"With that strange knowing that comes over me, like a clairvoyance, I know that I am sure of myself and my enormous and alarmingly timeless love for you; which will always be."
"The avoidant student thinks she has nothing to write about because no one is more boring and dull than she. She writes poems with flat language to mirror her supposedly flat subjects. In extreme cases, she may retreat into fantasy, writing genre-inspired poems populated by vampires or zombies, or simply stall out and refuse to write entirely. Then there’s the student who believes his life is endlessly fascinating. He presents a magnum opus on the subject of his recent breakup. Often this student’s work is so personally coded that it is entirely opaque to readers. In a workshop setting, such poems can be frustrating for everyone involved. To greet these efforts by simply reiterating “write what you know” will seem futile and tone-deaf to these students. They believed, they tried, and it didn’t work. But what is the alternative? Rather than preaching “write what you know,” consider persona poetry. It seems paradoxical, but writing as someone else—exploring what you don’t know—can prove an excellent method of coming to know yourself as a writer. Using a persona allows a student to temporarily shake loose her devotion to portraying her “true” self and be someone else for a while."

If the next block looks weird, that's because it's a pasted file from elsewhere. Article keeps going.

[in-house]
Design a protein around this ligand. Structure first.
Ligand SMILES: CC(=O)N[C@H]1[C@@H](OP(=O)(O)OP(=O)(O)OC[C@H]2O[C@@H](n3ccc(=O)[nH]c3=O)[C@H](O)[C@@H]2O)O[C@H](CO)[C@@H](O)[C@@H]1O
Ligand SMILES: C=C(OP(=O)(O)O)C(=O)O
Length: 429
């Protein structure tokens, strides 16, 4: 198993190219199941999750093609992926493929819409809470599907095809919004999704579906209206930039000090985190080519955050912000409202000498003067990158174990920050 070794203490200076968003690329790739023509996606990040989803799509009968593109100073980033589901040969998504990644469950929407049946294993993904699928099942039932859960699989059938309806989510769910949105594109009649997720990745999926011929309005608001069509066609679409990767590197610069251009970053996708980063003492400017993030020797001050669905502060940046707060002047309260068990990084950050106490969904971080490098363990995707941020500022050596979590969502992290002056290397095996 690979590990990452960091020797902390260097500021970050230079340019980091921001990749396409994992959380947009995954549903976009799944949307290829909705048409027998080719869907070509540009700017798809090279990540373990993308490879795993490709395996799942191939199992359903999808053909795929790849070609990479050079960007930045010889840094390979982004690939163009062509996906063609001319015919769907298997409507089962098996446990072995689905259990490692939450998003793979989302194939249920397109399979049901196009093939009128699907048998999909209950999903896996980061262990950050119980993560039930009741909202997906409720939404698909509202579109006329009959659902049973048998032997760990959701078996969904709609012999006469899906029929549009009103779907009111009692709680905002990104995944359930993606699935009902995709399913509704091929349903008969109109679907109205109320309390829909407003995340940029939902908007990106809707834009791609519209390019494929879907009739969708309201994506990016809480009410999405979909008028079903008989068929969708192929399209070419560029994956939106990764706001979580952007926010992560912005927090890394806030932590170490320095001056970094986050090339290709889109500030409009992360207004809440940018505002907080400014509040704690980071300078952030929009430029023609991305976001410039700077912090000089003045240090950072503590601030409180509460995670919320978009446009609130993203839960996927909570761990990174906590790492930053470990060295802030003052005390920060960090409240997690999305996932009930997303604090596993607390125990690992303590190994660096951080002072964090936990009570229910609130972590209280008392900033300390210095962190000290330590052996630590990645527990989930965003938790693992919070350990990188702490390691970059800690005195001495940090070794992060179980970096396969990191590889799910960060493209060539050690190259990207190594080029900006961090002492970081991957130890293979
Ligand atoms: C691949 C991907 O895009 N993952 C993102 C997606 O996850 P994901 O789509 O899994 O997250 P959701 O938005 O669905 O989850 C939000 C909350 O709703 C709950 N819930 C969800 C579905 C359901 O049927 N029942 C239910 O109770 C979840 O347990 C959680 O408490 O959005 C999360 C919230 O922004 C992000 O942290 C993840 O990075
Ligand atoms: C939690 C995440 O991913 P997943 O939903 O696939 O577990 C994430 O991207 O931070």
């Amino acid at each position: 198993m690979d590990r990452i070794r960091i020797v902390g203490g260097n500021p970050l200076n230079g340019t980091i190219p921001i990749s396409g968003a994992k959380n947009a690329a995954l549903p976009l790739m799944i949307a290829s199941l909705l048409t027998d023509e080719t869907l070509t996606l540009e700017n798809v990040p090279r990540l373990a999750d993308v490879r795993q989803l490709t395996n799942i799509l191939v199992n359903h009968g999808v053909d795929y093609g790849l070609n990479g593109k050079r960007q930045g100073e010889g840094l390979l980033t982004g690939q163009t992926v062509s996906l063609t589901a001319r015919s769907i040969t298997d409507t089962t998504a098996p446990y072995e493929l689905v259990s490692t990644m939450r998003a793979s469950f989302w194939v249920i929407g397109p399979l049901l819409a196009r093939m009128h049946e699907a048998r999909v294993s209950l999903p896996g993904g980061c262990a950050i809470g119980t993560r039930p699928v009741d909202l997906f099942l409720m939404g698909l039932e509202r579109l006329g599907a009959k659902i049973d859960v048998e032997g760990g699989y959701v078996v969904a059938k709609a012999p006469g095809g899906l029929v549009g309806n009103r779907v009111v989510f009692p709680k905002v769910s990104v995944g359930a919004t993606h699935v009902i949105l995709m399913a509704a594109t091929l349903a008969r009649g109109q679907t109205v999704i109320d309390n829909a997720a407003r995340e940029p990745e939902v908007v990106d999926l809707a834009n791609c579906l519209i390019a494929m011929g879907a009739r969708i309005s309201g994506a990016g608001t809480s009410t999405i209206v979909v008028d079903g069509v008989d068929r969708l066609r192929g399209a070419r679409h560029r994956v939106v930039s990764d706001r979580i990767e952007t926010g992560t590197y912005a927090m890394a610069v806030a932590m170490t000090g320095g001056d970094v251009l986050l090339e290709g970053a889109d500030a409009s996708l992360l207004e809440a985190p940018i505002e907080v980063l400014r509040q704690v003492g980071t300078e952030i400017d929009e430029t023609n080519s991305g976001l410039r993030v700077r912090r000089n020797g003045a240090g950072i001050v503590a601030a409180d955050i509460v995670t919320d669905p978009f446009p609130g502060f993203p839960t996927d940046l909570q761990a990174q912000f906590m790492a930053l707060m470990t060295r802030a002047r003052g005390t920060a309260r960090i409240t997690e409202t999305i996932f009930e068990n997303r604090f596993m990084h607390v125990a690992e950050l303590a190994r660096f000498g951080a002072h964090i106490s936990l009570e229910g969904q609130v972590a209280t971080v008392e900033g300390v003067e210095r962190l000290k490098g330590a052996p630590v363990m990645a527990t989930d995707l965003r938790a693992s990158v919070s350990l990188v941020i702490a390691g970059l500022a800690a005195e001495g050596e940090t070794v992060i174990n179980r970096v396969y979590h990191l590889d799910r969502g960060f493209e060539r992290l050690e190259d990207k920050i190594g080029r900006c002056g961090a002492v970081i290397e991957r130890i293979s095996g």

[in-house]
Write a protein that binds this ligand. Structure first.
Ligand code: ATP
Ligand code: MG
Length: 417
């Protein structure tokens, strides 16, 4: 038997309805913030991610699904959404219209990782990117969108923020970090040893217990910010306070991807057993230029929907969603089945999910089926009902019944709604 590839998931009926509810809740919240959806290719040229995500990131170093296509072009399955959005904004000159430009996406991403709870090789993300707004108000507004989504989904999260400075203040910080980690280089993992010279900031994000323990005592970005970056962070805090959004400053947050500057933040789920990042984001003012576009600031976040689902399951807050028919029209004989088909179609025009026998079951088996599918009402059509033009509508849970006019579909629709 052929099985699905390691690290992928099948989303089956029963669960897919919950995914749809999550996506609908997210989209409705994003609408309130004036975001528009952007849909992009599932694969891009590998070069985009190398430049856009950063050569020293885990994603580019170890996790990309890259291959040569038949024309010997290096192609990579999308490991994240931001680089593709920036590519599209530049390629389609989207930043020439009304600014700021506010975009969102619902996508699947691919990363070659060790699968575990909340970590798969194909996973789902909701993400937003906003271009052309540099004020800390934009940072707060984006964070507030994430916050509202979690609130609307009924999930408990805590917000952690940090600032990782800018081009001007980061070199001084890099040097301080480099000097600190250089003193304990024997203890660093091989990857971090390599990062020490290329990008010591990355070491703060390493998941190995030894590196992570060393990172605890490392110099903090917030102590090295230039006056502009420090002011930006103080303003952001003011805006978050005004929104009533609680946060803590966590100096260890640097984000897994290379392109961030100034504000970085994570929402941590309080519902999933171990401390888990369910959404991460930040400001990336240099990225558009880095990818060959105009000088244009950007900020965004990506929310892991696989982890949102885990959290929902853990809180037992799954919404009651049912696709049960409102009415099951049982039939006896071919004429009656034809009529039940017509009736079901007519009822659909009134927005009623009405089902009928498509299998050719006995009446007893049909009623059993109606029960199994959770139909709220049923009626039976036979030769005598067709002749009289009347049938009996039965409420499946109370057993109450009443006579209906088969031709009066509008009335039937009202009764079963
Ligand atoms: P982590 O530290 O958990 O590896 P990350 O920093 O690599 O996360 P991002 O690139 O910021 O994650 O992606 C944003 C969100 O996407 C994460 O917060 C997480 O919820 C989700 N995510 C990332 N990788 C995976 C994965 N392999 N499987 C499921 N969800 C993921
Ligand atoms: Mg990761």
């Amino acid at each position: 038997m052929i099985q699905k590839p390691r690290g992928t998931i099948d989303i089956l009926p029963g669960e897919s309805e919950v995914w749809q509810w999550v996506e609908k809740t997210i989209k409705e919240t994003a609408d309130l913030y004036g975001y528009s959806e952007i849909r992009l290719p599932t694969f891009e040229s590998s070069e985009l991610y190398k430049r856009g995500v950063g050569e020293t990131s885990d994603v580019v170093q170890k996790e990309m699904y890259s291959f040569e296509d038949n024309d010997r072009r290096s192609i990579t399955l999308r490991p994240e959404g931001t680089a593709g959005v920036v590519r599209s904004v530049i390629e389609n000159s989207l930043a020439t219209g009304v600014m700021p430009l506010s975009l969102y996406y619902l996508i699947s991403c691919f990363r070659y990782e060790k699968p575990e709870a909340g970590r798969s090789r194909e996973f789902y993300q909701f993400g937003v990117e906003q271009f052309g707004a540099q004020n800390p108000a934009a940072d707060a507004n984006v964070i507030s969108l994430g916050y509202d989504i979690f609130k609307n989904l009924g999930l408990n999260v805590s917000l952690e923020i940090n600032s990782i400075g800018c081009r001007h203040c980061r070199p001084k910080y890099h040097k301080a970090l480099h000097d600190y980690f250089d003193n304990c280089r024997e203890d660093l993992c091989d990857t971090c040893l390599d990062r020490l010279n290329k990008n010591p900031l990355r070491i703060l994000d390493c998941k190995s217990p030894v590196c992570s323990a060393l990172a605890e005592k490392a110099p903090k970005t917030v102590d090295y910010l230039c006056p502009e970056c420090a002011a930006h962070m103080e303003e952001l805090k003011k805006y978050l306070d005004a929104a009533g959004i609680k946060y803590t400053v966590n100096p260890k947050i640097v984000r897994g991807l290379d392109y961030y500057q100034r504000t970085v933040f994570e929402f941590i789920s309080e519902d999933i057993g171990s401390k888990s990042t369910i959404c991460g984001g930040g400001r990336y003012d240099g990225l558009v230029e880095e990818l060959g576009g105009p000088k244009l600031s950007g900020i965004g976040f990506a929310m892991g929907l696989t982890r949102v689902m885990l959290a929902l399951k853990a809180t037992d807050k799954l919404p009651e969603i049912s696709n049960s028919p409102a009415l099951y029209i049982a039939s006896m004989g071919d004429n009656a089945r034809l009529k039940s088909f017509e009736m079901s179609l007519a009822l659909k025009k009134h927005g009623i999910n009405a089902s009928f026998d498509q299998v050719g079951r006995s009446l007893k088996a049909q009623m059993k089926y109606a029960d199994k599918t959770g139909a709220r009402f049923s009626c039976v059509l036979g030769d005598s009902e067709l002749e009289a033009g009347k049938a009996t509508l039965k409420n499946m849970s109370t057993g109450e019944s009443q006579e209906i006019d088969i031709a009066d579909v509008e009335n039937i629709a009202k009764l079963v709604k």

"She was afraid of these things that made her suddenly wonder who she was, and what she was going to be in the world, and why she was standing at that minute, seeing a light, or listening, or staring up into the sky: alone."
Carson McCullers (via creatingaquietmind)
"Growing up, I didn’t read novels by women. It’s not that I didn’t want to. It’s almost like I didn’t think that I needed to or, I guess, I didn’t know that I needed to. I was perfectly happy in a world contained by men. I adopted the posture of the brooding male as my own. I was Salinger, I was Kerouac, I was any male protagonist in a novel that one of my boyfriends recommended. I didn’t know that there was a specific female sadness so I was content with relating to a generalized one. And in a way, reading these novels was less of a way to relate and more of a way to learn how to be the type of girl that these male novelists liked. One of my first ambitions wasn’t to be a writer – it was to be a writer’s muse."